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How Murray Saved Christmas
A lot or a little?
The parents' guide to what's in this movie.
What parents need to know
Parents need to know that this animated Christmas special is fairly mild but does include some off-color jokes and depicts Santa as a sweatshop owner who calls kids "brats." Humor gets slightly edgy when it targets mental illness, trading affection for material goods, and "being gay" but "not that way." Expect a few bits of nudity or sexualized content including a parade that shows a woman in a bikini on a float, a high-kicking women with bare legs, and, briefly, Santa's bare behind.
- Parents say
- Kids say
What's the story?
Animated holiday musical special HOW MURRAY SAVED CHRISTMAS takes place in the town of Stinky Cigars, where all the residents are holiday icons: Cupid, Father Time, the Easter Bunny, and so on. Everyone sings and dances and works on toys -- everyone, that is, except cranky deli owner Murray (Jerry Stiller). He just wants to sling pastrami and lox without all the merriness. But when Santa (Kevin Michael Richardson) is put out of commission by Edison Elf's (Sean Hayes) aggressive new invention, the Jack-in-the-Boxer, Murray has to step up to the plate and deliver Christmas presents to all the good boys and girls (and maybe even the bad ones) in the world.
Is it any good?
You'd think that with a hilarious writer adapting his own material, this holiday special would become a classic -- but sadly, no. Murray comes with a pedigree: It's written and executive-produced by Mike Reiss (The Simpsons), who also wrote the best-selling children's book of the same name. But the charm of Reiss' book is lost in its translation to the screen, with characters who come off as sour and unfunny rather than odd but lovable. Perhaps the problem is that the special opted for a more mainstream animation style that doesn't look like the eccentric, stylish drawings of David Catrow, Murray-the-book's illustrator. And the plot is a mash-up of Christmas tropes you'll recognize from other, better holiday movies: The Nightmare Before Christmas, The Grinch Who Stole Christmas, Elf.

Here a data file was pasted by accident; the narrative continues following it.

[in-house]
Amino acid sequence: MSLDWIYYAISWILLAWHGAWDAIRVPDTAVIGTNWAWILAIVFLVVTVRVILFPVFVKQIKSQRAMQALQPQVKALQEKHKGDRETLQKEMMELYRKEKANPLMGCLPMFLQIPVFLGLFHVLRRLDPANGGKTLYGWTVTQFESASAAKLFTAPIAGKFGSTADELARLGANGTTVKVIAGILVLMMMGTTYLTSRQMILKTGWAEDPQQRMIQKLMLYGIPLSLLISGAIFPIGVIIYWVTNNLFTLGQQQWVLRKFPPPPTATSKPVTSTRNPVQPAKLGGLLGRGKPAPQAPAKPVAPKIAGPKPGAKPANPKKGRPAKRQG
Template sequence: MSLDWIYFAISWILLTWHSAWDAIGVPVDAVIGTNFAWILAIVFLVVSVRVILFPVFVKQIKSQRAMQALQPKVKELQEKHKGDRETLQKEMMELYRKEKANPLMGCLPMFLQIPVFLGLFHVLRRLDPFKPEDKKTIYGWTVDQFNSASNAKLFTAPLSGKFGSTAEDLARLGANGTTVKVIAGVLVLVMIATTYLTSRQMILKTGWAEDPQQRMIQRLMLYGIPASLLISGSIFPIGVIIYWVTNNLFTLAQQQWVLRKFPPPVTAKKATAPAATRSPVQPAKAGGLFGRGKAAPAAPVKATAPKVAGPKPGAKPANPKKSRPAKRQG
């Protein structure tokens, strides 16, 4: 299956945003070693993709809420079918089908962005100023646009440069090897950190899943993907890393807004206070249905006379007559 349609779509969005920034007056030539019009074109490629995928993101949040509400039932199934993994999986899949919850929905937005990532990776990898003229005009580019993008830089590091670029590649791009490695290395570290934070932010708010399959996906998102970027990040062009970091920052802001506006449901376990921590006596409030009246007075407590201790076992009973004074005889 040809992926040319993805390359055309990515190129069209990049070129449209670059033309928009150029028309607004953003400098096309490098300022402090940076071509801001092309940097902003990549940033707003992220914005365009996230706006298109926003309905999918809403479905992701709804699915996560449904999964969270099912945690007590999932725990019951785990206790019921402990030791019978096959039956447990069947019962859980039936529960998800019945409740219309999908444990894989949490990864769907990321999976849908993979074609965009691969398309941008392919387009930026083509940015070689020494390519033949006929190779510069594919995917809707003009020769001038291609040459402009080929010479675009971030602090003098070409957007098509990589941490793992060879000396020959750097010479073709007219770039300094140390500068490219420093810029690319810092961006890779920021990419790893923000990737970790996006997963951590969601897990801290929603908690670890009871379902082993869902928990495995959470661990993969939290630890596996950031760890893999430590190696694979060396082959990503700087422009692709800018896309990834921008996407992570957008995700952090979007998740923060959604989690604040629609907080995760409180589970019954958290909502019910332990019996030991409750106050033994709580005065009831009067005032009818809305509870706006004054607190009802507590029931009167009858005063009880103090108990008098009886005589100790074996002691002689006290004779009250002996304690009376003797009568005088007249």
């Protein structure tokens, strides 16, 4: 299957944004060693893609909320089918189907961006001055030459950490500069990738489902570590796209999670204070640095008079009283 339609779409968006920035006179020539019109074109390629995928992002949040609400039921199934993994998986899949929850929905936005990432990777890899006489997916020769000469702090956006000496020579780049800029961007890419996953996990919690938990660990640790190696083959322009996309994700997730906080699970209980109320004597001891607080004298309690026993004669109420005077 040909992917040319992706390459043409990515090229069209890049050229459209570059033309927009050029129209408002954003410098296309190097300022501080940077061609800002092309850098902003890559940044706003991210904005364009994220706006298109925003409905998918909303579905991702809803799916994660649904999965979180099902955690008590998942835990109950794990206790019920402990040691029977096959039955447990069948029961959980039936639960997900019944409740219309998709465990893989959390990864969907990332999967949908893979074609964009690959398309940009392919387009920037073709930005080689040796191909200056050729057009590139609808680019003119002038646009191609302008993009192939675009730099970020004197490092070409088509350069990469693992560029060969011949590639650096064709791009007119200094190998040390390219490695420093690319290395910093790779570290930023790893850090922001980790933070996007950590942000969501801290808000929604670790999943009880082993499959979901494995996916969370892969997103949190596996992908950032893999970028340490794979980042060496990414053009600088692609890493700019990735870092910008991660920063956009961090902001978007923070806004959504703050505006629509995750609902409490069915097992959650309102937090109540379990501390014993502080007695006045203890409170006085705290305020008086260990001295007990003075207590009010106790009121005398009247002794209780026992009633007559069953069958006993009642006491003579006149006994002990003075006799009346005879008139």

But, although these holiday movies and specials found fresh things to say about the season and its celebrations, Murray doesn't. Some of the jokes are cringe-worthy: Murray sings he's "gay gay gay" but "not that way," and Santa's elves complain that they're serving in a sweatshop without life insurance but are still cheaper than Chinese manufacturers. Other gags, such as a Christmas-themed Google-send-up search engine called "Bingle" that features the visage of Bing Crosby, are sharper yet destined to date quickly. A 9-year-old or a younger child will probably laugh at jokes about "tushies" and getting "sleigh-sick"; adults will wait impatiently for the special to be over.
Talk to your kids about ...
Families can talk about why so many Christmas specials are made. Think about some of the Christmas or holiday shows you watch. Do you watch them every year? What year were they made? Now consider why networks would want to make new holiday specials.
Holiday specials are frequently animated. Why would this be? What advantages do animated shows have over live-action ones?
Why are there no main female characters in How Murray Saved Christmas? Which of the characters could have been female without changing the plot or its outcome?
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Common Sense Media's unbiased ratings are created by expert reviewers and aren't influenced by the product's creators or by any of our funders, affiliates, or partners.